A few seasons in, The Big Bang Theory introduced two new female scientist characters, the hot-tempered Bernadette and the awkward but empathetic Amy Farrah Fowler. It was good to bring in more smart female characters, but the show waited a big too long to usher them in.
This relatively minor mistake could easily be fixed in a remake of The Big Bang Theory. Introducing Amy and Bernadette earlier could balance the show's narrative and start these characters' development sooner. Amy could appear as soon as Season 1, and Bernadette could soon follow to help bring out Howard's better side.
From the very start, the genius Dr. Sheldon Cooper was written as the "awkward but brilliant" type, complete with his laser-focused interests, comedically weak social skills and bizarre personality quirks. The problem is that no one can tell why Sheldon is like this, though some educated fans can make an educated guess.
Sheldon Cooper's character outwardly resembles an Autism Spectrum Disorder, or ASD, though The Big Bang Theory's writers have stated that Sheldon wasn't designed with that in mind. He could instead be described as Broader Autism Phenotype, or BAP, but even so, his character has a tricky relationship with the autism community. Although the prequel series Young Sheldon is diving into his backstory, ideally, a remake would either totally redesign Sheldon to not resemble ASD or BAP, or he could actually be confirmed as a person with autism and written tastefully with that in mind.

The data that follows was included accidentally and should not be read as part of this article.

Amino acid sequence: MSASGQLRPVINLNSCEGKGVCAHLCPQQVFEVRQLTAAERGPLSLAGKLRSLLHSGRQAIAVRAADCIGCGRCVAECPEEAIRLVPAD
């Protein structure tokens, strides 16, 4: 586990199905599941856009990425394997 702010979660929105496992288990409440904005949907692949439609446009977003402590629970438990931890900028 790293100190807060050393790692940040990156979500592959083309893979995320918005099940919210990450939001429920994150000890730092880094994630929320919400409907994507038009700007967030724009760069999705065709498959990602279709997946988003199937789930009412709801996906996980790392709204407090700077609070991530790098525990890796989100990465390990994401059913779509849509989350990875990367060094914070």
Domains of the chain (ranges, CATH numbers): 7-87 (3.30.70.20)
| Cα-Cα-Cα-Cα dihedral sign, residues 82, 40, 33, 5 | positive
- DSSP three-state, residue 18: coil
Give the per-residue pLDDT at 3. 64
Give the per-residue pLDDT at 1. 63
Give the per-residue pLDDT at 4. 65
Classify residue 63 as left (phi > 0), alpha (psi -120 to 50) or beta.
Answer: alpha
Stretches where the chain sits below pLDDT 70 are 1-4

Leonard Hofstadter had sympathetic insecurities that helped define his character arc, which also led to his will-they-won't-they romance with Penny for years. It became a problem when The Big Bang Theory started overplaying its hand and making Leonard feel downright pitiful about it.
Leonard's likability took several hits since he cared far too much about everyone else giving him validation. He even sabotaged himself several times this way, making his romance with Penny take too long to reach its peak. A remake of The Big Bang Theory could tone this down and make Leonard a little needy, but not overwhelmingly so.
Sitcoms like The Big Bang Theory create compelling character arcs when the main characters strive toward relatable life milestones like getting married, buying a house, having children and the like. It was wonderful to watch Howard strive for that with his girlfriend turned wife Bernadette, but the peak lasted too long.
Eventually, The Big Bang Theory was simply about geeks who identified more as successful and happy adults than as awkward young adults, and that took the magic out of the show. Everyone's lifetime end goals felt tedious and drawn-out in the later seasons, while a remake series would end sooner and not have so many domestic doldrums scenes.
It's a common sitcom trope for the main characters to live in a major city and rent a roomy apartment despite their low-paying jobs. Such a set does give the crew more room to film the scenes, but it also raises eyebrows about how characters like Penny can pay rent for such accommodations.
Even if The Big Bang Theory made some "Penny's behind on rent" jokes, it still felt odd. Ideally, a remake version would give Penny a roommate to split the rent with, and a roommate could also play off of Penny in all kinds of fun ways. The show, especially in earlier seasons, needed to give Penny chemistry with people besides Leonard and Sheldon.